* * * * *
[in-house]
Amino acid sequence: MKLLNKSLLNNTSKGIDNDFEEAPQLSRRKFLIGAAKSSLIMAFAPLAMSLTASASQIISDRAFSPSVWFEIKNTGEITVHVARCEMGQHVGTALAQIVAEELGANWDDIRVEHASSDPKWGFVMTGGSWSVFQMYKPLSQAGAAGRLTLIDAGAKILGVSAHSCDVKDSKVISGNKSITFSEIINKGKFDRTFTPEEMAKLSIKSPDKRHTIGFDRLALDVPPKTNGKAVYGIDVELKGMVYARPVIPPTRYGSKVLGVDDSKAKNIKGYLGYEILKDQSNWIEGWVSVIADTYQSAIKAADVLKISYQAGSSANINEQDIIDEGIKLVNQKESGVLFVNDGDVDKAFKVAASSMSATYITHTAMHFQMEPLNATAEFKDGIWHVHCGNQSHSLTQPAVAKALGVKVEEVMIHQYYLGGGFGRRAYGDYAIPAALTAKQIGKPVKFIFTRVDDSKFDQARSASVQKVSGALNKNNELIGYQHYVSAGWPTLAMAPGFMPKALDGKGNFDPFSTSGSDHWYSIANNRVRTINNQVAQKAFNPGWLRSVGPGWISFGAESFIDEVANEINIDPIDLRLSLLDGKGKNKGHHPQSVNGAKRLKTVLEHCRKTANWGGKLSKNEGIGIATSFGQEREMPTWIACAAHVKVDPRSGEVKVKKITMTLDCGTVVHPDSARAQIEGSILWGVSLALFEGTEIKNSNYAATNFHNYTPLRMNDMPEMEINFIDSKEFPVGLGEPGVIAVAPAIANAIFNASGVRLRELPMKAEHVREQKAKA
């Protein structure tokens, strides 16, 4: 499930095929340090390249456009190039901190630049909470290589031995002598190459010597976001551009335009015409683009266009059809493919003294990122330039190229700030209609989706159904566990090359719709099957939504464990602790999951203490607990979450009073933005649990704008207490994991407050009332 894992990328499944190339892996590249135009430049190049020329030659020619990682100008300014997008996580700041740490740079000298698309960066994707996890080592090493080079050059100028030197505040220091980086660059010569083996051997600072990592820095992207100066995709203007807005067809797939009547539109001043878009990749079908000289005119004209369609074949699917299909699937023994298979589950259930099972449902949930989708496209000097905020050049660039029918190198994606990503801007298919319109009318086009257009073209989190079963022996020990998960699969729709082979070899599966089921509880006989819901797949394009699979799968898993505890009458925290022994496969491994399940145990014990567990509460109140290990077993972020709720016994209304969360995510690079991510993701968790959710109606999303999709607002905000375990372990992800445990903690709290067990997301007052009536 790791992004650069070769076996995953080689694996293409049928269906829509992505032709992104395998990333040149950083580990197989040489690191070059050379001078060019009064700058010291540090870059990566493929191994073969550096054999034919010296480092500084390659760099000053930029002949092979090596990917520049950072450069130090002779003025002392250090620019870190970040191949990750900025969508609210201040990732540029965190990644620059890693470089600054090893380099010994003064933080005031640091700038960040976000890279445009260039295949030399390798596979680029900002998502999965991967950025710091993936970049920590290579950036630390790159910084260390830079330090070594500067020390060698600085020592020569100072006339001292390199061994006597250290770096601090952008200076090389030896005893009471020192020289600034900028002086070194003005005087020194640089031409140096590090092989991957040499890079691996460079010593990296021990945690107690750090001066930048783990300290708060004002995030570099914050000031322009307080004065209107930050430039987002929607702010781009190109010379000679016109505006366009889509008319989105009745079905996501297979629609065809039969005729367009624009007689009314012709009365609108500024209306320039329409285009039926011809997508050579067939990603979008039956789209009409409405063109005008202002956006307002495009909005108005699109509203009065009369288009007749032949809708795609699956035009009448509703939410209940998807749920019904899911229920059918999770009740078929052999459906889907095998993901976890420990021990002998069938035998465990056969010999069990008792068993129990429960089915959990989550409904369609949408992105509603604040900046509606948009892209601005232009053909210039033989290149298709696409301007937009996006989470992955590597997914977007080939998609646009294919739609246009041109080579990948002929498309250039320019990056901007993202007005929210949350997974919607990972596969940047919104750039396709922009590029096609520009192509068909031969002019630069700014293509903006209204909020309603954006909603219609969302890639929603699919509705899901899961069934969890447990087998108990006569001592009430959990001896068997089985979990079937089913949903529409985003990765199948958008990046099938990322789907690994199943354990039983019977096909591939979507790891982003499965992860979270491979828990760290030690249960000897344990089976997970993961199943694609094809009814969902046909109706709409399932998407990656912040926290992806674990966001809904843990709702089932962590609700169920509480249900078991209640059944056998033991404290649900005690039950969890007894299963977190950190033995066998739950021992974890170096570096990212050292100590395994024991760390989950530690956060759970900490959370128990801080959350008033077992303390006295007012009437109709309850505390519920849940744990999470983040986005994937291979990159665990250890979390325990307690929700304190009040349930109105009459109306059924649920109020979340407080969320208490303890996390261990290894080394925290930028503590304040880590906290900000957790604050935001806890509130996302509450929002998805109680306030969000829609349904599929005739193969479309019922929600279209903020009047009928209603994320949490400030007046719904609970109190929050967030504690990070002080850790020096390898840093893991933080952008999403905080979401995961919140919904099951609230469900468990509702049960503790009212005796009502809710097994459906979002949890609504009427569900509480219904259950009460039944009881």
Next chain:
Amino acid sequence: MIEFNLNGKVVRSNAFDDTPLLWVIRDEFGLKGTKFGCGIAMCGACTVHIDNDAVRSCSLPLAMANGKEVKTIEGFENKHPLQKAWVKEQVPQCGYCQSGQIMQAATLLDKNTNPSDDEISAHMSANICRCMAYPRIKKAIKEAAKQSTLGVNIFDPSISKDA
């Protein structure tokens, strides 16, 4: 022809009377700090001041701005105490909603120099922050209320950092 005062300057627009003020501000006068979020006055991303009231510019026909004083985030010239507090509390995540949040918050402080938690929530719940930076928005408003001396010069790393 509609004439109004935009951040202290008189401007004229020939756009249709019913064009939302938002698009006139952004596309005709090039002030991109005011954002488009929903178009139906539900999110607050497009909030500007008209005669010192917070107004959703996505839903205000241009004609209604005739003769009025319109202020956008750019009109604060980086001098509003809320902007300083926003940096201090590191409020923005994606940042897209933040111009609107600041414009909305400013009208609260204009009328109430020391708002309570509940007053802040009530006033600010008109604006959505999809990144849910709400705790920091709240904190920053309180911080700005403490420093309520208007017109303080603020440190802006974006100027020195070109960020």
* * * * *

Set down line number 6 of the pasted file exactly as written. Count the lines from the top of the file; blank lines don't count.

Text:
């Protein structure tokens, strides 16, 4: 022809009377700090001041701005105490909603120099922050209320950092 005062300057627009003020501000006068979020006055991303009231510019026909004083985030010239507090509390995540949040918050402080938690929530719940930076928005408003001396010069790393 509609004439109004935009951040202290008189401007004229020939756009249709019913064009939302938002698009006139952004596309005709090039002030991109005011954002488009929903178009139906539900999110607050497009909030500007008209005669010192917070107004959703996505839903205000241009004609209604005739003769009025319109202020956008750019009109604060980086001098509003809320902007300083926003940096201090590191409020923005994606940042897209933040111009609107600041414009909305400013009208609260204009009328109430020391708002309570509940007053802040009530006033600010008109604006959505999809990144849910709400705790920091709240904190920053309180911080700005403490420093309520208007017109303080603020440190802006974006100027020195070109960020």